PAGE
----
Stefan Passantino, a Washington D.C. attorney who represented former White House aide Cassidy Hutchinson before the House Select Committee on Jan. 6, is suing the lower chamber for lawmakers’ political assassination of Passantino’s legal career.
On Monday, Passantino filed a Federal Tort Claims Act Complaint against the January 6th Committee over the panel’s abuse of power undermining legal ethics to pursue a political narrative. Hutchinson, according to the complaint, was co-opted by members of the Select Committee to circumvent Passantino and orchestrate a defamatory operation against the longtime D.C. attorney as a vehicle of witness intimidation amid proceedings.
Hutchinson became the Jan. 6 Committee’s star witness last summer after the former assistant to Trump Chief of Staff Mark Meadows offered bombshell testimony over White House events as the Capitol riot unfolded. At one of the committee’s several televised hearings, Hutchinson claimed former President Donald Trump tried to violently hijack the presidential limousine to drive himself to the riot down Pennsylvania Avenue. The testimony, which relied entirely on third-party conversations, was immediately contradicted when her sources went on the record to refute her claims. A whole series of claims by Hutchinson in her more than two-hour appearance were contradicted days later.
Hutchinson had a change in legal representation days before her public testimony.
Passantino, who served as White House deputy counsel in the first two years of the Trump administration, was Hutchinson’s lawyer up until the former White House staffer took the national spotlight at her televised hearing. Hutchinson was connected with Passantino after she turned to Trump’s political action committee, the Save America PAC, to finance legal representation upon her first subpoena from the House probe.
Hutchinson sat for three deposition interviews with the committee before the public appearance. According to the complaint, Hutchinson had begun to coordinate with members of the Jan. 6 Committee without Passantino’s knowledge after the second interview.
“The Committee, through a backchannel directly to Mr. Passantino’s client, in total disregard for the attorney-client relationship,” the complaint reads, “convinced Mr. Passantino’s client to sit for additional interviews and give incredible testimony that could then be peddled by national news media friendly to the Committee to damage Mr. Passantino.”
Several months later, CNN reported that Passantino pressured Hutchinson to slant her testimony favorably to Trump.
“Cassidy Hutchinson told the January 6 committee she felt pressure from Trump allies not to talk and instead risk ‘contempt,'” the network headline reads.
The story relies on transcripts of Hutchinson’s follow-up interviews with the Jan. 6 Committee in September selectively leaked to smear Passantino.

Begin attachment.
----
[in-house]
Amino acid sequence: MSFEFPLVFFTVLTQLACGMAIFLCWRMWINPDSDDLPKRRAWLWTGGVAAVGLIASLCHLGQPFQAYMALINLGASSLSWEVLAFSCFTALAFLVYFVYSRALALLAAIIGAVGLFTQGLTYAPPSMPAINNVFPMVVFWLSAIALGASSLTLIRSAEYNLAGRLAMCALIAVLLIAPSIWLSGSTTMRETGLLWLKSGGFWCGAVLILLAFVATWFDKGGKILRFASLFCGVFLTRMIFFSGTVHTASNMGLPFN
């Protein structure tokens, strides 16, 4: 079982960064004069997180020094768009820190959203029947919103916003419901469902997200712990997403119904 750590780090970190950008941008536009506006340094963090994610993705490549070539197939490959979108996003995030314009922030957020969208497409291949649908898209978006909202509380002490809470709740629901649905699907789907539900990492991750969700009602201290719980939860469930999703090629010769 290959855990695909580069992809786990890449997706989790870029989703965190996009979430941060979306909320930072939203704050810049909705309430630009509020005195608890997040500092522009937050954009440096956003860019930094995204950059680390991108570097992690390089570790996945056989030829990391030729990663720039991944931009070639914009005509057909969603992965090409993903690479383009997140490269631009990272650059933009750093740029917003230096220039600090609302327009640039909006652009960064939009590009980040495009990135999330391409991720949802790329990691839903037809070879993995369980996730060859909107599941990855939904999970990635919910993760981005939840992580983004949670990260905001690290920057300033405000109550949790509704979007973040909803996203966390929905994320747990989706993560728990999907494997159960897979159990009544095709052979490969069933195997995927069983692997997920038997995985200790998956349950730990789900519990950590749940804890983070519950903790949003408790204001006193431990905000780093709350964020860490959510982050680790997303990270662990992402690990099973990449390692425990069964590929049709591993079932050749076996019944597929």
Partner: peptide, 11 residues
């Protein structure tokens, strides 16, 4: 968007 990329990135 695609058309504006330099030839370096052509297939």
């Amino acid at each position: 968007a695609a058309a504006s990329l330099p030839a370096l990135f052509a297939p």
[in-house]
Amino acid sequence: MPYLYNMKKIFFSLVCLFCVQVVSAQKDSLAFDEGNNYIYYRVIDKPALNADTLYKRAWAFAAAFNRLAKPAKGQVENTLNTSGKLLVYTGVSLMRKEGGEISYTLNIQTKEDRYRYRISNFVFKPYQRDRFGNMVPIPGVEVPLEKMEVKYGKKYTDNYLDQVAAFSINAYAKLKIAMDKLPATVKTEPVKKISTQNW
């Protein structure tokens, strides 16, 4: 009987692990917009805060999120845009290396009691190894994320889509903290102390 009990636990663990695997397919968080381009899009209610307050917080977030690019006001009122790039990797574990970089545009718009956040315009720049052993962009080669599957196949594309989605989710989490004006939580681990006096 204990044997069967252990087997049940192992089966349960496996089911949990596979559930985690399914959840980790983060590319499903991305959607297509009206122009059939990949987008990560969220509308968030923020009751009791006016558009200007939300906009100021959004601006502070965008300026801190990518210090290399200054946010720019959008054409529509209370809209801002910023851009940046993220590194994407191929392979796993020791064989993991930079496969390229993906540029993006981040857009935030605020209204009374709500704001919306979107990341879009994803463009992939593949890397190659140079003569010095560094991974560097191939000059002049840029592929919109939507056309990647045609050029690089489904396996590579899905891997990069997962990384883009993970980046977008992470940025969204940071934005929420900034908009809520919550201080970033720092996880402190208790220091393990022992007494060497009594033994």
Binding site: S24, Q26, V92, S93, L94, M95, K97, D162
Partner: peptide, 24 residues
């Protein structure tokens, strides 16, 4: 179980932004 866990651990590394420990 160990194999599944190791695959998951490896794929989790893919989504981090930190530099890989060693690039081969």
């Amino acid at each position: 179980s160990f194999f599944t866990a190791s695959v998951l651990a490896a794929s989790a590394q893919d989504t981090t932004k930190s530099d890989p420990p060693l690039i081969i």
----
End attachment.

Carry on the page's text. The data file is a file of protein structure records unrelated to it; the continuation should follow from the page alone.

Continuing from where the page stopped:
“Passantino repeatedly urged her to downplay her role in the White House and to say she did not recall events,” CNN reported. “She said that Passantino and other Trump associates dangled job offers around the time of her first two depositions with the committee, while her lawyer and others told her to remain loyal to Trump she would be ‘taken care of.'”
Passantino was blindsided by the testimony, according to the complaint filed against the House of Representatives on Monday seeking $67 million in damages. Days after CNN’s story dropped, Passantino, who has since been in private practice after leaving the Trump administration in 2018, was forced to take a leave of absence from his private law firm. Major legal groups have also begun calling for Passantino’s disbarment.
While the Jan. 6 Committee depicted Passantino as a pro-Trump sycophant, Passantino is on record in the New York Times condemning the Republican campaign’s lawsuits against Dominion voting machines.
Passantino’s complaint alleges the Jan. 6 Committee violated due process by co-opting his client against him and ultimately derailing a tenured legal career for political purposes. Passantino also denies any legal advice provided to Hutchinson could constitute alleged intimidation.
“Ms. Hutchinson never told Passantino that she wanted a ‘non-Trump’ lawyer or that she had any sensitivity about Mr. Passantino’s previous work in the Trump White House,” reads the complaint. “She did not express reservations to Mr. Passantino about him being paid by a Trump-related PAC; instead, she had solicited that funding herself.”
The Jan. 6 Committee never called Passantino in for an interview before the panel published Hutchinson’s transcripts in December naming him as a Trump attorney who allegedly engaged in witness intimidation. Lawmakers, however, ran with the allegation to bolster the credibility of their debunked star witness over the course of the panel’s criminal investigation conducted in violation of House rules.